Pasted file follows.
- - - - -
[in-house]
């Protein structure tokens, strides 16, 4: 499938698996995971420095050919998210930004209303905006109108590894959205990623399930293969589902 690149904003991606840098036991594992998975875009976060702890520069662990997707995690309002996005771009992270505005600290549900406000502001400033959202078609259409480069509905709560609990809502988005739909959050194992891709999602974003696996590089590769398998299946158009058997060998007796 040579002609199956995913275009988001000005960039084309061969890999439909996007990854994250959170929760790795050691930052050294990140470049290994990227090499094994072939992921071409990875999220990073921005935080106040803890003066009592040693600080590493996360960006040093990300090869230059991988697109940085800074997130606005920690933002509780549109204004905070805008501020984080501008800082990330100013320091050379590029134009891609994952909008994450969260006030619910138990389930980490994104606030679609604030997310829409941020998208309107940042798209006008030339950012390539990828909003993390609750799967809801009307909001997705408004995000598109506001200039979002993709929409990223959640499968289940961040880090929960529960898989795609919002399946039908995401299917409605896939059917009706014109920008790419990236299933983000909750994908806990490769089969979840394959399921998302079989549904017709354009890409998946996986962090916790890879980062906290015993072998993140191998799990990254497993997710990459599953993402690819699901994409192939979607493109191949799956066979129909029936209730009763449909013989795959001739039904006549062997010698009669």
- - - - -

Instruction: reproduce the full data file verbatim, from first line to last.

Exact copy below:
[in-house]
């Protein structure tokens, strides 16, 4: 499938698996995971420095050919998210930004209303905006109108590894959205990623399930293969589902 690149904003991606840098036991594992998975875009976060702890520069662990997707995690309002996005771009992270505005600290549900406000502001400033959202078609259409480069509905709560609990809502988005739909959050194992891709999602974003696996590089590769398998299946158009058997060998007796 040579002609199956995913275009988001000005960039084309061969890999439909996007990854994250959170929760790795050691930052050294990140470049290994990227090499094994072939992921071409990875999220990073921005935080106040803890003066009592040693600080590493996360960006040093990300090869230059991988697109940085800074997130606005920690933002509780549109204004905070805008501020984080501008800082990330100013320091050379590029134009891609994952909008994450969260006030619910138990389930980490994104606030679609604030997310829409941020998208309107940042798209006008030339950012390539990828909003993390609750799967809801009307909001997705408004995000598109506001200039979002993709929409990223959640499968289940961040880090929960529960898989795609919002399946039908995401299917409605896939059917009706014109920008790419990236299933983000909750994908806990490769089969979840394959399921998302079989549904017709354009890409998946996986962090916790890879980062906290015993072998993140191998799990990254497993997710990459599953993402690819699901994409192939979607493109191949799956066979129909029936209730009763449909013989795959001739039904006549062997010698009669």